I think such thought experiments are very useful, and you've pointed out why. Like trolley problems in moral philosophy, the thought experiment fails to deliver what it promises, but it does an excellent job revealing biases and precisely pinpointing areas of confusion.

  4. There are two more fundamental flaws I see in Wu's reasoning, which perhaps is to be expected of a modern man who conceives of intelligence as mere information retrieval rather than insight. First, the average denizen of the 21st c. wouldn't even _think_ of looking up that information, let alone be able to offer "theoretically complex answers," because that requires qualities of curiosity, humility, awareness of one’s own limitations, broad reading, and depth of analysis that require intellectual training. Even the ability to find the best sources for said information or arguments is itself a skill that the majority of people don't bother to hone, and it is a skill that one must use to approach the computer screen, not one that can be derived from it.

    Second, the 21st c. woman _herself_ is not more intelligent. Take away her access to the internet and what will be left? What is the state of her mind? Wu’s claim is akin to saying we are faster than our ancestors because we have cars—but if you take away our automobiles, the average modern probably has less speed and stamina than our relatives even a few generations back who were generally more physically active in their quotidian lives. I would be willing to bet that in terms of sheer understanding of nature and all the creatures in it, and the ability to describe it all in mesmerizing detail, a 21st c. tech-savvy American would be quickly outshone by an ancient Greek rhapsode who had the entirety of Homer, Aeschylus, Aristotle, etc., sizzling in his synapses, not to mention a life of lived experience among his fellow creatures. Sure, he wouldn't be able to describe creatures we now know only through the power of microscopes or the ability to visit the ocean floor, but he could tell us things about sheep and sun and trees, what is safe to eat, what leaves treat what ailments; he could navigate by the stars, tell time by the sun, follow the trail of an animal, feed and house and clothe himself and his family. How common are such skills among us now?

  5. A lovely and smart post, Alan. I'm reminded not just of our 2006 New Atlantis essay "The Trouble with the Turing Test," but also of something our New Atlantis colleague Steve Talbott wrote back in 2002 in his "Netfuture" newsletter:

    "Imagine the potentials of our future if we cultivated an ever higher art of conversation with even a fraction of the energy and social investment we now commit to coaxing new programmed tricks from our computers! … We will, so the story goes, first invest our machines with very simple emotions and intentions, and then we will progressively deepen and refine our investment, ultimately fathering even a sense of right and wrong in our robotic offspring. And yet, what seems to excite so many people about this story is the machine's increasing sophistication, not the fact that, if the story were true, then we ourselves as creators would have had to master the essence of feeling, will, and moral responsibility. Of course, there's good reason for not attending very seriously to this latter implication, since such mastery is not much in evidence. This raises the obvious question: what delusions are we suffering when we imagine ourselves creating from scratch the very capacities that, in our own case, we have scarcely yet begun to develop consciously or harness to our own purposes?"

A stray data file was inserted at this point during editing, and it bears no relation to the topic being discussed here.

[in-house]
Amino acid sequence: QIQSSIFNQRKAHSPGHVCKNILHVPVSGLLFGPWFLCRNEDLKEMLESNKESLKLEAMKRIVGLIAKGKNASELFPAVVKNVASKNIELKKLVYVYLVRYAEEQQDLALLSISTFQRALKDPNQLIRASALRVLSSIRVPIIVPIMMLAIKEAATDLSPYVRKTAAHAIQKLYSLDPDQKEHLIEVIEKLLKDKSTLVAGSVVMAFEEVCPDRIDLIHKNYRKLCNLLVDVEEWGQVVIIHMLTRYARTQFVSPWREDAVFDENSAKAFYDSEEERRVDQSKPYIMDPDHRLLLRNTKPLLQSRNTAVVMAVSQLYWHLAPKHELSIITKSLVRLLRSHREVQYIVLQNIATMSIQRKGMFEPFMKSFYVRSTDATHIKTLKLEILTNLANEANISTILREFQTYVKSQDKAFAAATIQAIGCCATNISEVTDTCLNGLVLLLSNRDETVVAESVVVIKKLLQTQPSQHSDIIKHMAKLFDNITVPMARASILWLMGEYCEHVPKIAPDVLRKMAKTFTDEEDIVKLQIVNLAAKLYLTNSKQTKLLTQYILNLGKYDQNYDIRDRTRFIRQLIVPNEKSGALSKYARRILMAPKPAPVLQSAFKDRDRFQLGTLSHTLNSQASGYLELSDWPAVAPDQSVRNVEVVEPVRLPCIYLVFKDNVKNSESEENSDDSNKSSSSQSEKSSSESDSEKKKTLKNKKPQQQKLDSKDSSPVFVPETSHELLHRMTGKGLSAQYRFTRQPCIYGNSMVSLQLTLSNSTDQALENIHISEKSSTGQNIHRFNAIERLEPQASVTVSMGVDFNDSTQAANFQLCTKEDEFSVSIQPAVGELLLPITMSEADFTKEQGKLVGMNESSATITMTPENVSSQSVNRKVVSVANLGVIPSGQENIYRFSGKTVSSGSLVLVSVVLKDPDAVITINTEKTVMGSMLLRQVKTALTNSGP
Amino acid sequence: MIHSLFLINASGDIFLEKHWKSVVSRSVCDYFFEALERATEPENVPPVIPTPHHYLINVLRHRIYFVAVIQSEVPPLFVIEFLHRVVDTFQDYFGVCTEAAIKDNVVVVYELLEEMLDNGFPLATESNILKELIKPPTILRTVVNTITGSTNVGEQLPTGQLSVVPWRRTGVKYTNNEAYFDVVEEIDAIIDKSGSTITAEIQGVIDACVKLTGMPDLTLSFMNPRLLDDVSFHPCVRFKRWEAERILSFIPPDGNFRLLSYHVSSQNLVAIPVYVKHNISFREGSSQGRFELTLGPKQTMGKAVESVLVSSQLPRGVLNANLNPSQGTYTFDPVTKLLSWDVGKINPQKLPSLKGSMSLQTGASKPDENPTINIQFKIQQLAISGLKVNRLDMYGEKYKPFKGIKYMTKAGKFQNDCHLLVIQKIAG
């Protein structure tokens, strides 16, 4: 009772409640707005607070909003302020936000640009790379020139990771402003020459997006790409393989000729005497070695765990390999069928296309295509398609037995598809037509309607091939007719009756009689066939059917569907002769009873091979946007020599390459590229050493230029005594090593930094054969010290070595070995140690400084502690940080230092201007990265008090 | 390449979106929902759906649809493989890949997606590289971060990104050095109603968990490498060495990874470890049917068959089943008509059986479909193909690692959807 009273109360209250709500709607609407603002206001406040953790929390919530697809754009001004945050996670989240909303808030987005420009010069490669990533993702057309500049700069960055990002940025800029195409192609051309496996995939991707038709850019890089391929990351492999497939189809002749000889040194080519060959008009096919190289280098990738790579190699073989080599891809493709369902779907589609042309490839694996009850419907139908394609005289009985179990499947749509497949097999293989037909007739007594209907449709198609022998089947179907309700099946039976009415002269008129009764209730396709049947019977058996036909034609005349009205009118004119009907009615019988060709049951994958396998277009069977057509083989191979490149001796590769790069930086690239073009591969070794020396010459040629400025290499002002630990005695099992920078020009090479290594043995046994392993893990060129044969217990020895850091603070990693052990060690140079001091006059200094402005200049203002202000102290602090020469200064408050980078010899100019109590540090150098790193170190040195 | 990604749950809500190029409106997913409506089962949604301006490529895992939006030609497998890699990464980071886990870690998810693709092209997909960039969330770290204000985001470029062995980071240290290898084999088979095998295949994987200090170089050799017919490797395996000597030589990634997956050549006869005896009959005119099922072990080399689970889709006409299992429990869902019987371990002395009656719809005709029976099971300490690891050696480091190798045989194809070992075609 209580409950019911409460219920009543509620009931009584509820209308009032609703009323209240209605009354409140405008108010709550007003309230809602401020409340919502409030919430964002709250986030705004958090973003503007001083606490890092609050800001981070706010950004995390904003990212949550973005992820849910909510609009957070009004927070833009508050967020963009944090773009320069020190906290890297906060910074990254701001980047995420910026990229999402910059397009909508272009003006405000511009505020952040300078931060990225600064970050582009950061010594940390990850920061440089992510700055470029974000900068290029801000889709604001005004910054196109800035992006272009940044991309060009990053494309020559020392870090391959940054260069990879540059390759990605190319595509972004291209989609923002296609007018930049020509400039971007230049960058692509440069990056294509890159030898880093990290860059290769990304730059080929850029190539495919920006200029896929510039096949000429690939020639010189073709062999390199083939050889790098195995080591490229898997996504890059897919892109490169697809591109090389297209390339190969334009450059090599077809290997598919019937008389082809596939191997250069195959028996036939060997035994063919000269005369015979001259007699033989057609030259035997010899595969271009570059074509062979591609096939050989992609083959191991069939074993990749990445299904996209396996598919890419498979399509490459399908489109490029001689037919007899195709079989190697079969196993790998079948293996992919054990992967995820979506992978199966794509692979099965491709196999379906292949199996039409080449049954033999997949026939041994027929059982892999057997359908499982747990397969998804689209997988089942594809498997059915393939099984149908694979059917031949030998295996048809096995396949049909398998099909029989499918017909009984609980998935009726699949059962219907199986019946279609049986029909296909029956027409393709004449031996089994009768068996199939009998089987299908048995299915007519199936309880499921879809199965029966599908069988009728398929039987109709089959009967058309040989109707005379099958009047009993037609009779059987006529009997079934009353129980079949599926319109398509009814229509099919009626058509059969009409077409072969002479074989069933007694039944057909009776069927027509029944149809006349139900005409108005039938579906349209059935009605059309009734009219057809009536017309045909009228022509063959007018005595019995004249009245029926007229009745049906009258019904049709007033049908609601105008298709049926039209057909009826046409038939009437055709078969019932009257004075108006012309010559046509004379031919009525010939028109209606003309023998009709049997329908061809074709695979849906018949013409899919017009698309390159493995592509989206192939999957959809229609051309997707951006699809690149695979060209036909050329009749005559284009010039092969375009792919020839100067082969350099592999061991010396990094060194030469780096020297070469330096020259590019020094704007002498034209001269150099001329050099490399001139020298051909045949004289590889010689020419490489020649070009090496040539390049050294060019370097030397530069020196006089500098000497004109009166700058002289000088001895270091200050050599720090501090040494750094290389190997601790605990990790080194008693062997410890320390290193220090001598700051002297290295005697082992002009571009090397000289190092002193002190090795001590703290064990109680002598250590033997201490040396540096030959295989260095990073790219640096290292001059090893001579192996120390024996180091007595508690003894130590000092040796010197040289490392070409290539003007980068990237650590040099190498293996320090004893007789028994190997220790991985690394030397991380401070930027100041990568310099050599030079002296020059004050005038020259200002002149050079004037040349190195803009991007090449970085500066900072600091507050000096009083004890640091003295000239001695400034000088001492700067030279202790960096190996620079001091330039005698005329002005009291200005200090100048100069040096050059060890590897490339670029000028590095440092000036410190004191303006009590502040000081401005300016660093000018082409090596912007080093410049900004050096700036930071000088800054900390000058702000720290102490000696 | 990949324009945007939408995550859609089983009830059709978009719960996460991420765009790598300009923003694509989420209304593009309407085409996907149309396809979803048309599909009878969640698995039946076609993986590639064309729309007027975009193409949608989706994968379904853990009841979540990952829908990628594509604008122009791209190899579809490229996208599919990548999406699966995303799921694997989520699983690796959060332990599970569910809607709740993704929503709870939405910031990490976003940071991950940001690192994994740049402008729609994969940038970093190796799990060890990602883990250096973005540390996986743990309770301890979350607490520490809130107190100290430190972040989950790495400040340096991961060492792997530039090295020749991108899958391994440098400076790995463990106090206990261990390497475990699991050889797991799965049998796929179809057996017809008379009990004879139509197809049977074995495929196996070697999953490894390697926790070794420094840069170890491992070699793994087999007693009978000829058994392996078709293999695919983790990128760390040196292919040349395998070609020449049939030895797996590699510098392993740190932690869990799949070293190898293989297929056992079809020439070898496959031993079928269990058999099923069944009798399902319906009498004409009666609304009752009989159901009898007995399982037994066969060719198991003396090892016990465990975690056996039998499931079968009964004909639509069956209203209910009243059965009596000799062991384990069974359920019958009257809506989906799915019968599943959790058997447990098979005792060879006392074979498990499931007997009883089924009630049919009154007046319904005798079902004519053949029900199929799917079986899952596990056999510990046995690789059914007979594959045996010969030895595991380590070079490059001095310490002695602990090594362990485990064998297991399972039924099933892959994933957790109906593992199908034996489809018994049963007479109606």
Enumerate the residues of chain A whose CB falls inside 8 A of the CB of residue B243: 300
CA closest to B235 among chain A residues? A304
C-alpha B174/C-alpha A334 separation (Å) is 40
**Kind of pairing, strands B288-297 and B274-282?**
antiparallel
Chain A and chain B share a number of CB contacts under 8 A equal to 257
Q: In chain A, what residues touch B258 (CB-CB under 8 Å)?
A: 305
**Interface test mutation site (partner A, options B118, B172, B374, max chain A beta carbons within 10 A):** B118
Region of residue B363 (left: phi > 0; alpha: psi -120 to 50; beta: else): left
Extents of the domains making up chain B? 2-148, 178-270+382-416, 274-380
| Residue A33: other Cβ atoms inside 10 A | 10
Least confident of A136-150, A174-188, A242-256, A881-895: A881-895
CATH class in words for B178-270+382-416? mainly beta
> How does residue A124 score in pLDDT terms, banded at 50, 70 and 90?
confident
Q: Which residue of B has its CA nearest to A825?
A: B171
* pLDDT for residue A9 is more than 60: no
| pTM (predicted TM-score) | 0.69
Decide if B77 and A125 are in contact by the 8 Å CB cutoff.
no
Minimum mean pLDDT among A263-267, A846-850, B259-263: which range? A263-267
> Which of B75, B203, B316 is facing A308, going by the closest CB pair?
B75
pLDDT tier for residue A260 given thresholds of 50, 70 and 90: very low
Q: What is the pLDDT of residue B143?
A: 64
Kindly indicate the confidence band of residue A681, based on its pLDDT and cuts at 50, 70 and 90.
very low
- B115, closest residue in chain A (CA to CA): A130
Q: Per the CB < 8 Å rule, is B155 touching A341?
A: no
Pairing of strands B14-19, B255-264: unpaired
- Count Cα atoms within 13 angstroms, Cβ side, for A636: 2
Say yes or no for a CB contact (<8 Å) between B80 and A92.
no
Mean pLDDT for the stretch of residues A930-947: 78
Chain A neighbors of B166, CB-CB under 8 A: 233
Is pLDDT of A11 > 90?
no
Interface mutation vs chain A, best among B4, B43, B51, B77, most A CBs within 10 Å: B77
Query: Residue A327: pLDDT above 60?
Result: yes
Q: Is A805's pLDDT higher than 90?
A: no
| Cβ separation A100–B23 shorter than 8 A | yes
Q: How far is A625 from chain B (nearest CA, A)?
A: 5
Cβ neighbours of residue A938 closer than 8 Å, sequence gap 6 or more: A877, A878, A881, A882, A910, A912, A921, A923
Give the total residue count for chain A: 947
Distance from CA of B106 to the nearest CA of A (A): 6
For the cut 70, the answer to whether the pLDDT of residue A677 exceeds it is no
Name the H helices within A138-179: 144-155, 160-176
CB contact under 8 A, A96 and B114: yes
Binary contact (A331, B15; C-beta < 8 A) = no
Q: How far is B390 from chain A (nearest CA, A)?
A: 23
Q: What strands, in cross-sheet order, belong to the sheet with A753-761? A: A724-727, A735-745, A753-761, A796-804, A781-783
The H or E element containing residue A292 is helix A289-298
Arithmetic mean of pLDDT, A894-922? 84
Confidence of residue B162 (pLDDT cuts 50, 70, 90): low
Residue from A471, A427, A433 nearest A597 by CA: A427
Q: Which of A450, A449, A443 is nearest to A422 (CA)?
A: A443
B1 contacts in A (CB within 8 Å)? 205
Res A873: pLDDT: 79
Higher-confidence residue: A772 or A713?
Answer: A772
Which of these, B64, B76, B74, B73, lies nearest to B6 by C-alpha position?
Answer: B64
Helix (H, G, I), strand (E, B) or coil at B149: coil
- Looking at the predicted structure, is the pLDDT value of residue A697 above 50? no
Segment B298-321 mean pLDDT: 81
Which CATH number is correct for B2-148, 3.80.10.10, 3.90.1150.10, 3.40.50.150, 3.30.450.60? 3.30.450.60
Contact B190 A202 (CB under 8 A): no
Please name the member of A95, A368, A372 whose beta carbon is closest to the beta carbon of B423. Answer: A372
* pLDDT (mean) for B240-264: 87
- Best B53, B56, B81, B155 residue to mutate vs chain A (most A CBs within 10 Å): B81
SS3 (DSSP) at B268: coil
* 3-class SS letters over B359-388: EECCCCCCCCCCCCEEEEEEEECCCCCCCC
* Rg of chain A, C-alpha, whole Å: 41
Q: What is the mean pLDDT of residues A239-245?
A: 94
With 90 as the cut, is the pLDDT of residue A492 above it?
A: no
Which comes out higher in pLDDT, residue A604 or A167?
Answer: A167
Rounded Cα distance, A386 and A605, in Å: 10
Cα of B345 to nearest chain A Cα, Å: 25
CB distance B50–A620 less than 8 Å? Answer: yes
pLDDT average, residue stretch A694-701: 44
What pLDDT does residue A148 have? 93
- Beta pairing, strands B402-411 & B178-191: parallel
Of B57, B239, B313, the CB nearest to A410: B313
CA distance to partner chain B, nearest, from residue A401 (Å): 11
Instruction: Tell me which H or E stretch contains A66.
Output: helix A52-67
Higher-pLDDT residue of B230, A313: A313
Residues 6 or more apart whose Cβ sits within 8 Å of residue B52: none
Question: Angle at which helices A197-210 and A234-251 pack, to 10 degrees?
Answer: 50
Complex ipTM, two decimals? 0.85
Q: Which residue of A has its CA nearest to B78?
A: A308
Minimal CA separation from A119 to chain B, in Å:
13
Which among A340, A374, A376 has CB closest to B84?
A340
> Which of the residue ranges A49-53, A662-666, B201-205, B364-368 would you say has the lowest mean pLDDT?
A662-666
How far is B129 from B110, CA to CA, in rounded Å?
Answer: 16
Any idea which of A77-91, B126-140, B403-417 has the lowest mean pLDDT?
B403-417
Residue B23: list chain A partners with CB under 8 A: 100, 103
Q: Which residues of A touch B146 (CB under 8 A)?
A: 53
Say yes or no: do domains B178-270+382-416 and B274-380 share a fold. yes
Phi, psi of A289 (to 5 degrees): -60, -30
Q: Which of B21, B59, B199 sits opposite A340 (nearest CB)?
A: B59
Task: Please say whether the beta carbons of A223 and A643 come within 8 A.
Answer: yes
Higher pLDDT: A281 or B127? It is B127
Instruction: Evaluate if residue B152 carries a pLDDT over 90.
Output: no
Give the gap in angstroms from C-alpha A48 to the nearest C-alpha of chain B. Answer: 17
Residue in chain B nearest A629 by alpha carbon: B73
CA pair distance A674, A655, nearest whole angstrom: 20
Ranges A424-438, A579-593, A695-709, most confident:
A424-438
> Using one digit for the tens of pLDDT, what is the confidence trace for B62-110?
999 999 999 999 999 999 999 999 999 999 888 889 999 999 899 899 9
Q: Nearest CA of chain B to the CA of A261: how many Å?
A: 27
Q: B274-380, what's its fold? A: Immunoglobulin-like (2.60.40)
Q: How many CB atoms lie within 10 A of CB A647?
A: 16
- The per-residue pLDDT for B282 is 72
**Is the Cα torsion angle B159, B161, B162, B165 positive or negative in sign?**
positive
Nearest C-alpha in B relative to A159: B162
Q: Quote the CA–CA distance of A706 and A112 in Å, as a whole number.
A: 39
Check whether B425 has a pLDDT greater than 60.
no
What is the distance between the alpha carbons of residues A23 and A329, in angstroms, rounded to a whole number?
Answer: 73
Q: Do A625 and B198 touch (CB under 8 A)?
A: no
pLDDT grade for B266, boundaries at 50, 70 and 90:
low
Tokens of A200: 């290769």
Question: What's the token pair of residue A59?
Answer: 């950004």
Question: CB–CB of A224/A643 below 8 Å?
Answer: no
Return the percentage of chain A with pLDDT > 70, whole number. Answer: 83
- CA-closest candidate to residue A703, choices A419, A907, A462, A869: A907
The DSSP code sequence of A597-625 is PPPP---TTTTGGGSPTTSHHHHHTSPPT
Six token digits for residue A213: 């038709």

6. Thanks for enabling comments!

    Another potentially interesting angle of inquiry is *where* this purported increase in intelligence — or, more accurately, knowledge — comes from.

    Simply put, it is generated by other people, who have elected to share it. Someone else has written that Wikipedia page, crunched those numbers, written that app, snapped those photos, transliterated those foreign alphabets.

    So our "intelligence" hasn't been displaced into "technology" in some mystical way; it's been displaced into a large number of other human beings. That's not really anything new or different from wandering down to the Alexandrian marketplace and asking Euclid what he thinks about circles, or listening as your dad shows you how to herd goats.

    What is a little bit different — but in degree rather than kind — is in how thoroughly our knowledge has also been displaced into the *past*. To the degree that we do have far more knowledge, it's simply because we have more past knowledge to draw from. We've got Euclid, and Descartes, and Leibniz, and Penrose, and what's been built into our Mathematica software. Standing on the shoulders of giants, and all that. We're not really wise; we're just so *old* collectively.

    It's pretty cool to think about, but for some reason we have this tendency — perhaps it's a classic religious impulse to idolatry — to identify the power as residing intrinsically in our tools, rather than coming to us from people in the past, and only *through* our shiny new tools. It seems to me that Medieval and early-modern writers were more conscious of our debt to the past than we are, which I'll bet protected them from some of the popular cognitive errors of our time.